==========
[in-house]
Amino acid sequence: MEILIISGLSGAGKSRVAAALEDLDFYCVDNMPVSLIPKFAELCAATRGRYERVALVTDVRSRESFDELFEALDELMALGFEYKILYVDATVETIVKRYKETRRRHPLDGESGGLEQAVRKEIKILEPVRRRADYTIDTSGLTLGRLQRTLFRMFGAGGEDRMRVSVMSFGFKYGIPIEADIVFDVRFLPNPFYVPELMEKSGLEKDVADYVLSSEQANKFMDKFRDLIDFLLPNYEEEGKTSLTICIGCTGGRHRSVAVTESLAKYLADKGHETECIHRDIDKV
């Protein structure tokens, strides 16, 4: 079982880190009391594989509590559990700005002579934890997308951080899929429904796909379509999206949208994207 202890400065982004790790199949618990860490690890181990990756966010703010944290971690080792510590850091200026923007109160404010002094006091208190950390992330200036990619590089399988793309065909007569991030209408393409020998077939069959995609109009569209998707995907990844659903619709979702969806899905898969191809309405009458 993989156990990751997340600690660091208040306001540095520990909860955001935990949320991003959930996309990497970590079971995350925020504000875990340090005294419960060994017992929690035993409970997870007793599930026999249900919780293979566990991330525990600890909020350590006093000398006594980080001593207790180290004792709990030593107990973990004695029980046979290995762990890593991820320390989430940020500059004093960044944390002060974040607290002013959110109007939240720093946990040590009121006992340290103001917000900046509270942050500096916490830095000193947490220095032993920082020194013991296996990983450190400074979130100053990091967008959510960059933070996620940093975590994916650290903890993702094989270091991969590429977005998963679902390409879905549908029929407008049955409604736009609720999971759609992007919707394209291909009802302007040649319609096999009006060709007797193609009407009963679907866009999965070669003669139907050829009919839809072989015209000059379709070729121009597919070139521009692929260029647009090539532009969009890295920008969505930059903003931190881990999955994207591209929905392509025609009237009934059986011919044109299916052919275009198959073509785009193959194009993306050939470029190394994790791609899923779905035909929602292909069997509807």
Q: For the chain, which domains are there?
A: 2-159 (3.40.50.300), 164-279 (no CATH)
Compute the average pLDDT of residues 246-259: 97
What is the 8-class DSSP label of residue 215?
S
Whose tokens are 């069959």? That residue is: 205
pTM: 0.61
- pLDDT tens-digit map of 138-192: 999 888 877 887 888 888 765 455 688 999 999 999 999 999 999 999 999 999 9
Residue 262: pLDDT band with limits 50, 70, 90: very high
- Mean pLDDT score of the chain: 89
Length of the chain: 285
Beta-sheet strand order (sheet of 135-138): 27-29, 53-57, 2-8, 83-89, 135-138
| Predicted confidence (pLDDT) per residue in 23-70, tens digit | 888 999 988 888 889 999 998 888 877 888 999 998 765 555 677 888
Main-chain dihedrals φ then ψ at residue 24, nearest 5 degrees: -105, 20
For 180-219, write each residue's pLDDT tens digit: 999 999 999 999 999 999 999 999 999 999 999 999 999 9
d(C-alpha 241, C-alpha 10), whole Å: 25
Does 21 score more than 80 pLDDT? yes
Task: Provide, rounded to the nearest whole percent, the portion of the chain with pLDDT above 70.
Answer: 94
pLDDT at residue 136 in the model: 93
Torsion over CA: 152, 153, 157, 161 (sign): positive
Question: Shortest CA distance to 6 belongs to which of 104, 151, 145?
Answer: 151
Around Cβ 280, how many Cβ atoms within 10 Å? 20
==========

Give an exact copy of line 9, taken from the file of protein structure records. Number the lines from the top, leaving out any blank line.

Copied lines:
Whose tokens are 């069959």? That residue is: 205